The Reserve Bank of Australia cut its cashrate by 25 basis points today to 1.25%.
New Zealand’s Reserve Bank reduced its official cashrate by 25 basis points to 1.5% on 8 May, its first cut since 2016.
The US Federal reserve’s last shift was in December, when it raised its funds rate by 25 points to a range of 2.25-2.5%, its fourth rate hike of the year.
The Australian bank’s governor, Philip Lowe, said today his board made its decision “to support employment growth and provide greater confidence that inflation will be consistent with the medium-term target”.
On its impact he said: “Today’s decision to lower the cashrate will help make further inroads into the spare capacity in the economy. It will assist with faster progress in reducing unemployment and achieve more assured progress towards the inflation target.
“The board will continue to monitor developments in the labour market closely and adjust monetary policy to support sustainable growth in the economy and the achievement of the inflation target over time.”
Giving the background to the decision, Dr Lowe said: “The outlook for the global economy remains reasonable, although the downside risks stemming from the trade disputes have increased. Growth in international trade remains weak and the increased uncertainty is affecting investment intentions in a number of countries.
“In China, the authorities have taken steps to support the economy, while addressing risks in the financial system. In most advanced economies, inflation remains subdued, unemployment rates are low and wages growth has picked up.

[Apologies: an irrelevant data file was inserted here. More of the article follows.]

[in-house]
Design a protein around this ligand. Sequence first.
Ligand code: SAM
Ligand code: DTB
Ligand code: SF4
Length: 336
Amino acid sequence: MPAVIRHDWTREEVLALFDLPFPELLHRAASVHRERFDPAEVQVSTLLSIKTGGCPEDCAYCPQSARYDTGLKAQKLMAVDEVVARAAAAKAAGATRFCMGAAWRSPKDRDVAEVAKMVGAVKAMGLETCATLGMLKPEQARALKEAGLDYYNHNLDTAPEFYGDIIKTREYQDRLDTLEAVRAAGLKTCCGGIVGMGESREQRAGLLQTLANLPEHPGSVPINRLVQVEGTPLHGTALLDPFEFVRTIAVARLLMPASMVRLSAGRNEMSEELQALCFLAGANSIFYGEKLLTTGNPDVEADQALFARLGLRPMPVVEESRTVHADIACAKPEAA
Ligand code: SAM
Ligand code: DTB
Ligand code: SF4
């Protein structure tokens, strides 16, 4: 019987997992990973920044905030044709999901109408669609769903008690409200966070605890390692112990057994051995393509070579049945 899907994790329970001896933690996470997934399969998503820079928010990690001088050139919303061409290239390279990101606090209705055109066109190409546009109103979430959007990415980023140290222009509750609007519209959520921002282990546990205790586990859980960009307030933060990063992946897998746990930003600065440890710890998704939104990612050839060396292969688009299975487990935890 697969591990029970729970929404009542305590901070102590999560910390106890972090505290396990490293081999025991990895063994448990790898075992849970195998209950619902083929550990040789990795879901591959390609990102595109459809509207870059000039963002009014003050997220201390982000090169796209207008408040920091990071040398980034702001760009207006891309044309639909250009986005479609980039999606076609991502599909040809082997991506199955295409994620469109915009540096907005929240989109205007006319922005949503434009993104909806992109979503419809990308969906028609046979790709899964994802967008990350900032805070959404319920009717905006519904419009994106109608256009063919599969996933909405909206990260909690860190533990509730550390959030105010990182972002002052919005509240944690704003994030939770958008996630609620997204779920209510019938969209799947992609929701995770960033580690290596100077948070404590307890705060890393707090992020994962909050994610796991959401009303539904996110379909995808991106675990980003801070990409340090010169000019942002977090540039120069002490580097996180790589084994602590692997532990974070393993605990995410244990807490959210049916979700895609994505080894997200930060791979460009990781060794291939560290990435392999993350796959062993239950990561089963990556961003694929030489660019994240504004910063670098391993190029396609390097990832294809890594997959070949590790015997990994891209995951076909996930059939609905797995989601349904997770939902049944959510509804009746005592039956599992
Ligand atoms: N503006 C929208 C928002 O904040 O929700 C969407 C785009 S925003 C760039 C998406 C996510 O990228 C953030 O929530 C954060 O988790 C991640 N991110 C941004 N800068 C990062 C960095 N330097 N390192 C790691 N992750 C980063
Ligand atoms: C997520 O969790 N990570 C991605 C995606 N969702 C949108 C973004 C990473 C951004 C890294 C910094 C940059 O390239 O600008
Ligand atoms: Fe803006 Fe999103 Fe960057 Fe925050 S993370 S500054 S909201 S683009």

“Global financial conditions remain accommodative. Long-term bond yields & risk premiums are low. In Australia, long-term bond yields are at historically low levels. Bank funding costs have also declined further, with money-market spreads having fully reversed the increases that took place last year. The $Ar has depreciated a little over the past few months and is at the low end of its narrow range of recent times.
“The central scenario remains for the Australian economy to grow by around 2¾% in 2019 % 2020. This outlook is supported by increased investment in infrastructure and a pickup in activity in the resources sector, partly in response to an increase in the prices of Australia’s exports.
“The main domestic uncertainty continues to be the outlook for household consumption, which is being affected by a protracted period of low income growth & declining housing prices. Some pickup in growth in household disposable income is expected and this should support consumption.
“Employment growth has been strong over the past year, labour force participation has been increasing, the vacancy rate remains high and there are reports of skills shortages in some areas.
“Despite these developments, there has been little further inroads into the spare capacity in the labour market of late. The unemployment rate had been steady at around 5% for some months, but ticked up to 5.2% in April. The strong employment growth over the past year or so has led to a pickup in wages growth in the private sector, although overall wages growth remains low. A further gradual lift in wages growth is expected and this would be a welcome development. Taken together, these labour market outcomes suggest that the Australian economy can sustain a lower rate of unemployment.
“The recent inflation outcomes have been lower than expected and suggest subdued inflationary pressures across much of the economy. Inflation is still, however, anticipated to pick up, and will be boosted in the June quarter by increases in petrol prices. The central scenario remains for underlying inflation to be 1¾% this year, 2% in 2020 and a little higher after that.
“The adjustment in established housing markets is continuing, after the earlier large runup in prices in some cities. Conditions remain soft, although in some markets the rate of price decline has slowed and auction clearance rates have increased. Growth in housing credit has also stabilised recently.
“Credit conditions have been tightened and the demand for credit by investors has been subdued for some time. Mortgage rates remain low and there is strong competition for borrowers of high credit quality.”
Attribution: Bank release.